In the meantime, the Lutherans were building a new church building. Opponents of the Lutherans harassed them during the construction, pulling down the church bell, striking the walls, and stealing a column that was originally meant to be used in the church for use in the new city hall. The Lutherans persevered however, and finally had a “proper” church in 1739. (In 1822, the Reform and Lutheran churches merged, becoming the German Evangelisch Church. Although the Lutheran church building still stands, it is no longer used as a church because the Evangelisch congregation uses the Bergkirche.)
The Lutheran congregation shared a pastor with Westhofen. Until 1720, the pastor’s home and main church was in Westhofen. In 1720, he moved his primary home to Osthofen.
Each of the churches also had their own schools. The Lutheran school existed from 1702 to 1822, and is probably where the Schott children attended school. It was about half the size of the Reform school (87 students in 1813 versus 214 students in the Reform school), and paid correspondingly poorer wages. The Lutheran school teacher earned 13 “Malter” of grain per year. A “Malt” was a unit of measure that could vary from 11 to 240 liters, so it’s difficult to know how well-paid the schoolteacher was.
The teacher from 1739 to 1772 was Konrad Helfenbeiner. His son, Johann Peter Helfenbeiner, succeeded him as teacher from 1772 to 1794. His daughter, Johanna, married into the Schott family.
By the 1780s, Osthofen had successfully risen from the ashes of the traumatic 17th century. The population in 1787 was 1727 inhabitants—an eight-fold increase from 1698. The town had three churches and three schools.
The area around Osthofen was a rich, agricultural area. In particular, growing grapes for wine was a very important crop. However, crafts and industries also played an equally important role in Osthofen’s development and prosperity.
A list from 1786 shows the following craftsmen: 2 barbers, 3 bakers, 3 beer brewers, 2 lathe turners, 3 shopkeepers, 11 coopers (some of whom also made beer and distilled brandy), 7 linen weavers (which would have included a couple of the Schott families), 4 stonemasons, 4 butchers, 9 millers (Osthofen had several mills), 2 sackmakers, 1 saddler, 4 innkeepers (although the translation of Schildwirth as innkeeper is uncertain), 1 locksmith/mechanic, 3 blacksmiths, 8 tailors, 3 cabinet makers, 16 shoemakers, 2 wagon builders, 2 master carpenters, and one village brick/tile factory.
The main guild hall for Osthofen’s craftsmen was initially in Alzey, then later in Westhofen. An example of their power: in Osthofen in 1744, the shopkeepers’ guild managed to make it illegal for itinerant peddlers and door-to-door salesmen to sell goods. In 1786, the “protected Jew” Hertz was forbidden to sell spices, oil, and vinegar because this was reserved for the guilds. (I’m not sure what the “protected” designation meant.) However, with the occupation of the area by France in 1798, the guild system came to an end.
Osthofen also had a number of village officials. Some of the positions that existed (certainly during the 1600s and many probably carried over to the 1700s) were: Bürgermeister or mayor, night watchman, police guard (who had the responsibility to ensure that no one drank wine during “forbidden times”), tax collector, town gate watchmen, a bell ringer (who had the responsibility of ringing the bell every morning at 6:00 a.m.), a building contractor for village buildings, firefighters, “vintner hunters” (who probably had the responsibility to watch over the vineyards in the fall), and wine coopers.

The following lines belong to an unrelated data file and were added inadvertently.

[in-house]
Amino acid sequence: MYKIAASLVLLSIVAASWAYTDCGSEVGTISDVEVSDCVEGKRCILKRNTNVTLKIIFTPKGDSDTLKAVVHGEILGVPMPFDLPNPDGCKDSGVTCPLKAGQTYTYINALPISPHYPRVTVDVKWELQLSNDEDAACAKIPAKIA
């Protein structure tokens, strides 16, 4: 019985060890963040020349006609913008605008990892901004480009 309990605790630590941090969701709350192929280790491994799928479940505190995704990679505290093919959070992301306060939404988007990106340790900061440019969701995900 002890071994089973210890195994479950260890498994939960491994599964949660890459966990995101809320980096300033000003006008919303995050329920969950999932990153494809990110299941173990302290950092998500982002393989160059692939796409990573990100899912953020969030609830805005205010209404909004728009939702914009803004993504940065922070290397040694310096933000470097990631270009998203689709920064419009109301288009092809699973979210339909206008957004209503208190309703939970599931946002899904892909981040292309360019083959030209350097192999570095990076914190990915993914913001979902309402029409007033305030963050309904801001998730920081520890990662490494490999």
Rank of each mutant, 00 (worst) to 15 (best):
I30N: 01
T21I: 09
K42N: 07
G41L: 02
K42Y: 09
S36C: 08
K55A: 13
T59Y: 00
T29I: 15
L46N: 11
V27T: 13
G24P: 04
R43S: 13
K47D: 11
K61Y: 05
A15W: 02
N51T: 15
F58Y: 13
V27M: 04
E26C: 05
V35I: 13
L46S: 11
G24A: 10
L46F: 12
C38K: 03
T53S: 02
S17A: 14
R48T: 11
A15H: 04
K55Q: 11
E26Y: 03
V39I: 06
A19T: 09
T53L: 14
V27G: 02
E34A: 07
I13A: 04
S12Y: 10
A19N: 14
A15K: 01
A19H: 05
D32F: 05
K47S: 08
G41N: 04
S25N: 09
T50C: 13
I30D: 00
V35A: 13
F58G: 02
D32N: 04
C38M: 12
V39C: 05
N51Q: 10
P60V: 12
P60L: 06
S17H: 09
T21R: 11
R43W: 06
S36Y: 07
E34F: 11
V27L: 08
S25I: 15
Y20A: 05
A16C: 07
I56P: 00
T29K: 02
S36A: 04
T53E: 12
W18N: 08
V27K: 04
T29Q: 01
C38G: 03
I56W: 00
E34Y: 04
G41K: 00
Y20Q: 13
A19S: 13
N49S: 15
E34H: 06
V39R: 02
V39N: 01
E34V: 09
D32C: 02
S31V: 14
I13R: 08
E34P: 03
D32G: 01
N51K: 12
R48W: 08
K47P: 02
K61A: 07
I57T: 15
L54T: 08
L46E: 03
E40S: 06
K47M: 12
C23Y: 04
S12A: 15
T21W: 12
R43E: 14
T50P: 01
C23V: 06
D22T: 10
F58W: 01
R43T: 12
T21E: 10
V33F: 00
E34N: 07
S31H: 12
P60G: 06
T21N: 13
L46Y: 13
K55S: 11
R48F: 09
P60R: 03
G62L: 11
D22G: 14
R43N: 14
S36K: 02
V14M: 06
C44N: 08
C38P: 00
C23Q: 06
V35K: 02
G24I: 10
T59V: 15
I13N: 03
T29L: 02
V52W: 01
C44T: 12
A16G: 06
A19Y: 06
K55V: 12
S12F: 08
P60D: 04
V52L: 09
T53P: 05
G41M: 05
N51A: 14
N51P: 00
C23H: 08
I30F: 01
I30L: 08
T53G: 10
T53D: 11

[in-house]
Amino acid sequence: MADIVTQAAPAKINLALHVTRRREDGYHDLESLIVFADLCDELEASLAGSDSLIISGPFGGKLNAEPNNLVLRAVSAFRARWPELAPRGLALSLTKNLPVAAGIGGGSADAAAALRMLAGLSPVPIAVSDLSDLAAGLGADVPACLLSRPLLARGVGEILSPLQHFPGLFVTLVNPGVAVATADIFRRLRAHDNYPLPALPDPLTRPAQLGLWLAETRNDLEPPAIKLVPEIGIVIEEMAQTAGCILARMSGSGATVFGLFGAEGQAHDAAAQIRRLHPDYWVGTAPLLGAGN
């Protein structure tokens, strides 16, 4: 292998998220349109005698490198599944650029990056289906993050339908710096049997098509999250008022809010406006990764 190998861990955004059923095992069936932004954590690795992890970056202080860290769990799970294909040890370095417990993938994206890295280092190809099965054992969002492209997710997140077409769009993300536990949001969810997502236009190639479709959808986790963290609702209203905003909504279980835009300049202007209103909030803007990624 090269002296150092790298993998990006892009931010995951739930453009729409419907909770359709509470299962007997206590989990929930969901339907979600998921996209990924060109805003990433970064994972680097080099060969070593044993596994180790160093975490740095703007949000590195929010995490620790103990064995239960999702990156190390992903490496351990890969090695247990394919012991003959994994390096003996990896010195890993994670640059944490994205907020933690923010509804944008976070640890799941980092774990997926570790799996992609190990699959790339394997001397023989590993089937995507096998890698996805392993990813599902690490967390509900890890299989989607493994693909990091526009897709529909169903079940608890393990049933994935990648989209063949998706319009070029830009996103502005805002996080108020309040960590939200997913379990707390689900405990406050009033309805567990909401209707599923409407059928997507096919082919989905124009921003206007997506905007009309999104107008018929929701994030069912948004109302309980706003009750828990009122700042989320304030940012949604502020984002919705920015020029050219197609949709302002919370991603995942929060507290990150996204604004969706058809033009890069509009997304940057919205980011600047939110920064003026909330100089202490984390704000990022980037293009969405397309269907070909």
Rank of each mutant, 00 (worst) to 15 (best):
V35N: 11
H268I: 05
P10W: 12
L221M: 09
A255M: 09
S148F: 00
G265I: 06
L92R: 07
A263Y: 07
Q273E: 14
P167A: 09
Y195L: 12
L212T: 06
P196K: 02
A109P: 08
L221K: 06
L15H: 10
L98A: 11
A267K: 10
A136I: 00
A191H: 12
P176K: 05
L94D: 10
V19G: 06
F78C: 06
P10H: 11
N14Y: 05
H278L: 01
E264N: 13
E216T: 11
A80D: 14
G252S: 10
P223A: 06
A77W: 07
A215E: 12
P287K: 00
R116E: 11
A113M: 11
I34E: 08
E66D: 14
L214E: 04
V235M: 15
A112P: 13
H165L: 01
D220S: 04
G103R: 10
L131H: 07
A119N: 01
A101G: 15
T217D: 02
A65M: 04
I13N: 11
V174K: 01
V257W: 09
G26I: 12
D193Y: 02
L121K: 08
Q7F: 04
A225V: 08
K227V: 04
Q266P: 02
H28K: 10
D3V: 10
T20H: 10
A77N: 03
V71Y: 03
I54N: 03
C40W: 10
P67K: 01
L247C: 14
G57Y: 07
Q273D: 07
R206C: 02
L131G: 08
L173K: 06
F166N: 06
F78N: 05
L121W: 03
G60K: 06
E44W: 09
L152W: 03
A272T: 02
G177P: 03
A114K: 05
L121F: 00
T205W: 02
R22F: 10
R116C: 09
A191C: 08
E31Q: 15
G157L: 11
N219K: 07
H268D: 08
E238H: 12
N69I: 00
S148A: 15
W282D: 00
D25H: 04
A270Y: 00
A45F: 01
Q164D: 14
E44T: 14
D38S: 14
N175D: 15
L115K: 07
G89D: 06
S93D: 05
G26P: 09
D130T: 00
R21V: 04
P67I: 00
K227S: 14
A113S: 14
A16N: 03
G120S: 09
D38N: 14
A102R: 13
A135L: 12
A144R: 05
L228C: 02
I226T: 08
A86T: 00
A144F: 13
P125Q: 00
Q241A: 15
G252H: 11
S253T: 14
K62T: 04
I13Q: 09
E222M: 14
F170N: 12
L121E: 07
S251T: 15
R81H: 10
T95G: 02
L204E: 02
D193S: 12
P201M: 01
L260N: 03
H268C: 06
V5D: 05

In 1792, the French army invaded the German areas on the left bank of the Rhine. They arrived in Osthofen in October. In the spring of 1793, the Prussian army came through and 1,220 Prussian troops were quartered there, which almost doubled the size of the town. After 1793, the French once again occupied the area. They quartered 1,670 men in the town in 1794, and plundered and confiscated supplies, including bread, wine, brandy, hay, straw, and chickens. In 1795, Osthofen citizens were recruited to man entrenchments near Mainz. Finally in 1797, the Prussian army made its final retreat, destroying the vineyards of Osthofen as they passed. In 1798, Osthofen, along with the rest of the German villages on the left bank of the Rhine, became part of the French jurisdiction called the Departement Mont-Tonnerre in Canton Bechtheim.
The French continued to quarter troops in the area. In 1806, Osthofen was asked to provide supplies for Prussian prisoners being held in the town of Alzey. The mayor replied that it was unreasonable to expect Osthofen to not only to provide daily support for the troops in the area, but also to provide more supplies when the town was already empty and some of the impoverished men and families were “already in misery.” He also makes the point that because Osthofen was near a crossing point on the Rhine, that more goods were requisitioned from their town than from other towns in the district.
The French occupation of Osthofen continued until 1816, but by that time, the Schott family had immigrated to Russia.
Today Osthofen is a small, pleasant town of about 8,000 residents that is an easy commute by train to Worms. Osthofen is known for its excellent wines, and each September celebrates the Wonnegau Region Winegrowers’ Fest.
1200 Jahre Osthofen, Auf den Spuren der Vergangenheit. Druckhaus Seibert GmbH. Osthofen, 1984. [A valuable resource on Osthofen information with lots of historical details, photos, and maps – but difficult since it’s all in German!]
Blanning, T.C.W. The French Revolution in Germany. Oxford University Press. New York. 1983. [Scholarly to the point of being difficult to read – but has great information on a bit of history that seems to be invisible elsewhere – and that obviously had a direct impact on why the Schott family decided to leave Germany and go to Russia.]
Brilmayer, Karl Johann. Rheinhessen in Vergangenheit und Gegenwart. Verlag Weidlich, Würzburg, 1985. Reprinted from 1905 edition, Verlag von Emil Roth. [Some interesting stuff on Osthofen, but that old Gothic print makes it a last choice as an information resource.]
Kitchen, Martin. Cambridge Illustrated History – Germany. Cambridge University Press, 1996. [I don’t think the Germans’ migration to Russia is mentioned even once – but aside from that glaring hole, this is a good overview of the history of Germany.]